What point of view does the author use to tell the story in The Evolution of Calpurnia Tate? 

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The Evolution of Calpurnia Tate, by Jacqueline Kelly, is a young adult novel which follows the self-education and adventures of Calpurnia "Callie" Virginia Tate, a young girl living on a pecan planation outside Fentress, Texas, who resists the traditional feminine duties placed on her in favor of more interesting scientific pursuits. After theorizing about the differences in grasshopper species on the lawn outside her house, Callie works up the courage to ask her aloof Granddaddy to borrow a copy of Charles Darwin's The Origin of Species. Impressed by her intellectual curiosity and knowing that the world is at the turning point of modernity with the 20th century rapidly approaching, Granddaddy takes Callie under his wing and helps educate her about the natural and scientific world.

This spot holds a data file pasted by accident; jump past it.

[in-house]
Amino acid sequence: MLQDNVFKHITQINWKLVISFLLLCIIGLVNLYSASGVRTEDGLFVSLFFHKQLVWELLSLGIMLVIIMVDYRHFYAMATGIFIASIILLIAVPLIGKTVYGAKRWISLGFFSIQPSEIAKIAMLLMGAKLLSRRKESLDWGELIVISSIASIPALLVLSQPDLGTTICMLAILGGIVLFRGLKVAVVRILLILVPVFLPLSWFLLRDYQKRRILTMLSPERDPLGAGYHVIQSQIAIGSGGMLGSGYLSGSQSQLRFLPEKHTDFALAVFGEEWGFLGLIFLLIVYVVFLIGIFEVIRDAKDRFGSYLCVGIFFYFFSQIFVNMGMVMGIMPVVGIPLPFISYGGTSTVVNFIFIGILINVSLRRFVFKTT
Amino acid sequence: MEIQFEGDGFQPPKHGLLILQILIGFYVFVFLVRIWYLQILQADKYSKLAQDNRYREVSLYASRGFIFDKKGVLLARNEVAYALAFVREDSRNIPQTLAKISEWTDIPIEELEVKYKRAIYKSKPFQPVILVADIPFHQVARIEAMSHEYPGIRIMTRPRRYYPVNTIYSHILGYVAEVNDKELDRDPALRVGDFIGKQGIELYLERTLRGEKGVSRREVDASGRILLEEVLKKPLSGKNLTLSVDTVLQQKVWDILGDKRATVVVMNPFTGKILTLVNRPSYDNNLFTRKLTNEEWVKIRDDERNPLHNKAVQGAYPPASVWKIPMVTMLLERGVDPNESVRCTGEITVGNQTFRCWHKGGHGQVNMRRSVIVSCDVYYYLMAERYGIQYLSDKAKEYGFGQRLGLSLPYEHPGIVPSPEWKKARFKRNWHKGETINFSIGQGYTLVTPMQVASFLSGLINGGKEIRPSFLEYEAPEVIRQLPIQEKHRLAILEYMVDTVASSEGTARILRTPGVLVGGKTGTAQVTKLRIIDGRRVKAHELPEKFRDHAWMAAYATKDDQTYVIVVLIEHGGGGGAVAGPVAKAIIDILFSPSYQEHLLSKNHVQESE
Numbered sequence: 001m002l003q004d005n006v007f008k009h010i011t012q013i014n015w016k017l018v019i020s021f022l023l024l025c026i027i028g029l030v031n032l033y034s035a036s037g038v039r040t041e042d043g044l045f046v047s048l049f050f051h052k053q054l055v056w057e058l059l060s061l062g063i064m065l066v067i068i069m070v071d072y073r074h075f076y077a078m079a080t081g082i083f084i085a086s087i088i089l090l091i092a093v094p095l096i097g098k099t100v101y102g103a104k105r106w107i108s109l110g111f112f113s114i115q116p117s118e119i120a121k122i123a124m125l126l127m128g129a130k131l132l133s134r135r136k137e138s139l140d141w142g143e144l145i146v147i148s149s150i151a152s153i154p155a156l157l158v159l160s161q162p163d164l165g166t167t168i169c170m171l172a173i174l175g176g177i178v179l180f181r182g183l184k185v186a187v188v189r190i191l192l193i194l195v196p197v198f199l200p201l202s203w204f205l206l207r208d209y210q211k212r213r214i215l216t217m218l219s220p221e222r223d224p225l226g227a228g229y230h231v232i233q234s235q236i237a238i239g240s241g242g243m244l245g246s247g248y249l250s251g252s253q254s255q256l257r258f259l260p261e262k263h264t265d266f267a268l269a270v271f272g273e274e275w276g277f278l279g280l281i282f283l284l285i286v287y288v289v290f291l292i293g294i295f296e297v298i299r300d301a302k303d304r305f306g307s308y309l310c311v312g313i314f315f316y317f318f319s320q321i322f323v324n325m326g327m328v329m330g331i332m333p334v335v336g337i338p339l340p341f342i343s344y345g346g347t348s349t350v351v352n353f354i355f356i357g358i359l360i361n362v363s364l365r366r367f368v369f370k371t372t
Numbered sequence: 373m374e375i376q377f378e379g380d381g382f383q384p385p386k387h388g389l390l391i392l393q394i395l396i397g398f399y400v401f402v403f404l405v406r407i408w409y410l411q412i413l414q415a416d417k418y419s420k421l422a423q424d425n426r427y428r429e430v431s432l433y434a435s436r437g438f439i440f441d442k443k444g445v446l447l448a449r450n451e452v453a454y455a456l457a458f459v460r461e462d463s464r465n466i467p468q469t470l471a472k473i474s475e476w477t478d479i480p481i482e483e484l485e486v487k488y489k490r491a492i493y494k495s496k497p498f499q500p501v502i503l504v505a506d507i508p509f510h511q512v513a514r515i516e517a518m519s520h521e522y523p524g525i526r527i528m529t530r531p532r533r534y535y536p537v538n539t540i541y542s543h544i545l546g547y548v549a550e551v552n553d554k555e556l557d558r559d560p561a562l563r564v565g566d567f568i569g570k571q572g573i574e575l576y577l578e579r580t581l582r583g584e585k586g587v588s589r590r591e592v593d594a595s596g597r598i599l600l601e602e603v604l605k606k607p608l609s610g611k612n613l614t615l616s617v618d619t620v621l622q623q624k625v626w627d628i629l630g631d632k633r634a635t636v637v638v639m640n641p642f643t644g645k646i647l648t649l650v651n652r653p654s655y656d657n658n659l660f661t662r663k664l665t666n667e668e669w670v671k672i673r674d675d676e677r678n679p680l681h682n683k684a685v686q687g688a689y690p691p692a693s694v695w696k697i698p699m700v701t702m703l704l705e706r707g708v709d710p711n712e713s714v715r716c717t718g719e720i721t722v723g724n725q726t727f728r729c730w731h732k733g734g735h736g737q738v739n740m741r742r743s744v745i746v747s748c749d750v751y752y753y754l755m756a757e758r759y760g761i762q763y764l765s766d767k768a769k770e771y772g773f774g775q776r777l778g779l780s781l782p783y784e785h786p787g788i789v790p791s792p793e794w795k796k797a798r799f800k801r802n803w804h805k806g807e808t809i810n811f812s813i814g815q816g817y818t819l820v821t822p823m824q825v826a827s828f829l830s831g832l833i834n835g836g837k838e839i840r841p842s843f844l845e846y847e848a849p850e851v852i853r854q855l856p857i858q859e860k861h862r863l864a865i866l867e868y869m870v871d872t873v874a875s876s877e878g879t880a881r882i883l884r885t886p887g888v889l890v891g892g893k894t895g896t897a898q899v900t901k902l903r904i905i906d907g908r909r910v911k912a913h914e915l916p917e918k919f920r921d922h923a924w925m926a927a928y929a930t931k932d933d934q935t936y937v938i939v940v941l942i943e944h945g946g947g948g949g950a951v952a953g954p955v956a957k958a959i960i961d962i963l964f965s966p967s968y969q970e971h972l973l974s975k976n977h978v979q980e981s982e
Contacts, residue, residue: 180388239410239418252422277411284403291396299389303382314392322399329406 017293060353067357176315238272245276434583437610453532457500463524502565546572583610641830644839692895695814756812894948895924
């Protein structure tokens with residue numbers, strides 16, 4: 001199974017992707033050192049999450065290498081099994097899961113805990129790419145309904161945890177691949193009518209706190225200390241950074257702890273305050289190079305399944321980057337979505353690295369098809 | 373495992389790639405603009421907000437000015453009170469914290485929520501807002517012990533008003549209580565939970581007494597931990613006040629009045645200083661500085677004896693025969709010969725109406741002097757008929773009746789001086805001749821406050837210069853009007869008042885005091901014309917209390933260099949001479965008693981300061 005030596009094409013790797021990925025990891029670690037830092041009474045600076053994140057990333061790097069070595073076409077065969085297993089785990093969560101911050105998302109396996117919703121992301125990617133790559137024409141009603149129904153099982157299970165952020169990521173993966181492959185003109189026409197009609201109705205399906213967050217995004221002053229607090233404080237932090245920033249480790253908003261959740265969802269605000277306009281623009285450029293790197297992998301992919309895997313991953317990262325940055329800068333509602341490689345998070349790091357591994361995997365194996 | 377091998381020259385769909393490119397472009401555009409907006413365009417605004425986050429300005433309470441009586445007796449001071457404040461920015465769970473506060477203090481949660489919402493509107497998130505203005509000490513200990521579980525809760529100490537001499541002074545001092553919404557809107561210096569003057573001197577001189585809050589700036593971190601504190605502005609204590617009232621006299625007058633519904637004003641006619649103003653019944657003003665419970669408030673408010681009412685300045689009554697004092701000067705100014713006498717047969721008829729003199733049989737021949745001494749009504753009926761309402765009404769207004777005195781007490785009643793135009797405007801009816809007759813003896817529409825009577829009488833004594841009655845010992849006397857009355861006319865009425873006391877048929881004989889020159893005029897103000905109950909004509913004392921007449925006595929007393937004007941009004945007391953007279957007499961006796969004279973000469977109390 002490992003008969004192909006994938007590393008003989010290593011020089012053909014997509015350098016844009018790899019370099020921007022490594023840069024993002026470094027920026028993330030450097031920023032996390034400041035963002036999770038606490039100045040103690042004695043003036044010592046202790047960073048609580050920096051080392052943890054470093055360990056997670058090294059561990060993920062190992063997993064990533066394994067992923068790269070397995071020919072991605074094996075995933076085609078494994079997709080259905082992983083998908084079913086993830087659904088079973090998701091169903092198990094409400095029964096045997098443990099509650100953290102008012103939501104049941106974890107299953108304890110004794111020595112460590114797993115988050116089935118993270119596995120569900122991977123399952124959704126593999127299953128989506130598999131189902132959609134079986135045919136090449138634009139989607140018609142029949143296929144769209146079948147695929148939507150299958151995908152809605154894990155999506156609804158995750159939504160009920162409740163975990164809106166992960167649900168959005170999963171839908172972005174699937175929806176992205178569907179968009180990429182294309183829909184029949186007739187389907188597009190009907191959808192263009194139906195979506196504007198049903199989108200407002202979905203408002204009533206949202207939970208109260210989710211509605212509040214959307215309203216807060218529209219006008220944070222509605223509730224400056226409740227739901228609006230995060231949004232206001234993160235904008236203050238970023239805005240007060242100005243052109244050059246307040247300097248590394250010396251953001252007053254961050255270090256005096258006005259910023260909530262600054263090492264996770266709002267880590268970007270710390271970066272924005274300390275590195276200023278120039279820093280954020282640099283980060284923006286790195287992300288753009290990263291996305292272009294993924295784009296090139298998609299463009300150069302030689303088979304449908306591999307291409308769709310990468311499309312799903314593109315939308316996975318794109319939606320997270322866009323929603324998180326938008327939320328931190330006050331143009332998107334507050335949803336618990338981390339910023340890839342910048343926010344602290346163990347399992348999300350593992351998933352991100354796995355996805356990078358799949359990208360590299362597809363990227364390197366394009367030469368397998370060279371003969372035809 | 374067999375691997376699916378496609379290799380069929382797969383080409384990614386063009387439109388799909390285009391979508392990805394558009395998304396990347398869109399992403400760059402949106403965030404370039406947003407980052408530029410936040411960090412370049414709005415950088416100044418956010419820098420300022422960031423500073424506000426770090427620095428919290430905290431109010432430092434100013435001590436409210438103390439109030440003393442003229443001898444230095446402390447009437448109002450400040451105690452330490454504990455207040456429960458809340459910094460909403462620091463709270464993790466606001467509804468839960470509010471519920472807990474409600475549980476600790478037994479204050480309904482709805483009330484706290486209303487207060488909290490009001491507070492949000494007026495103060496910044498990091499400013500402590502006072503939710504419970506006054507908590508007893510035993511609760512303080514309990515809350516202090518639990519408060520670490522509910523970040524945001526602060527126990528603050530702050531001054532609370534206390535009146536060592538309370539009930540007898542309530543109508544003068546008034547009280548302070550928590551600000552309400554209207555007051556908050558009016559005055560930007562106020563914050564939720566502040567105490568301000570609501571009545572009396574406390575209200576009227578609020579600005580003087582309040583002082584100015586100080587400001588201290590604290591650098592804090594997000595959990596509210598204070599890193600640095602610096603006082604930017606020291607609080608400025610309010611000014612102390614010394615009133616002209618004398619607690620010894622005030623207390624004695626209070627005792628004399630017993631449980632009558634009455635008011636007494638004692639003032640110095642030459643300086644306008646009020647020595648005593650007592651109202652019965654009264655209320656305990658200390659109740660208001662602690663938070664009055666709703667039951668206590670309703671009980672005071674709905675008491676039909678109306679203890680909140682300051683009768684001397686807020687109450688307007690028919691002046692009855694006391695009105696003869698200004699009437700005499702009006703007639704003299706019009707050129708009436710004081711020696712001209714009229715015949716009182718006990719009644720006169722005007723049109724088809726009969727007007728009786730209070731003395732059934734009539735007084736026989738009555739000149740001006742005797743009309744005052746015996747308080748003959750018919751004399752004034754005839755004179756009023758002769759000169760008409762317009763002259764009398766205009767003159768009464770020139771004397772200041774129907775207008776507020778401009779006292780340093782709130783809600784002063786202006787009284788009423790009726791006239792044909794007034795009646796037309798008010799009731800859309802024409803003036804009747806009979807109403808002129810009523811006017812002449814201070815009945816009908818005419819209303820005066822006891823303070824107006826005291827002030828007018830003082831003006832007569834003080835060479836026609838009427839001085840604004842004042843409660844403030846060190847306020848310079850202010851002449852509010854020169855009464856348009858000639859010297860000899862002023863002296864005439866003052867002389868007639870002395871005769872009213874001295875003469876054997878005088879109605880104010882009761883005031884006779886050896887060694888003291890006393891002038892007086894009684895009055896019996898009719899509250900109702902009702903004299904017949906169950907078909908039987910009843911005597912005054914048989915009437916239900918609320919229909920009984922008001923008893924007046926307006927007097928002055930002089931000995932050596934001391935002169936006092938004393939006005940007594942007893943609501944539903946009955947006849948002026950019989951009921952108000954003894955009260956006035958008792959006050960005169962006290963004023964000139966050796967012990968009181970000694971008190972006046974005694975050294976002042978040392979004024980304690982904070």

So, to answer your question, the book is told through the voice of Callie in a first person point of view. Callie is spunky, smart, curious, and independent; her voice provides a fascinating insight into being a girl at the turn of the century and depicts an interesting narrative perspective of self-discovery.

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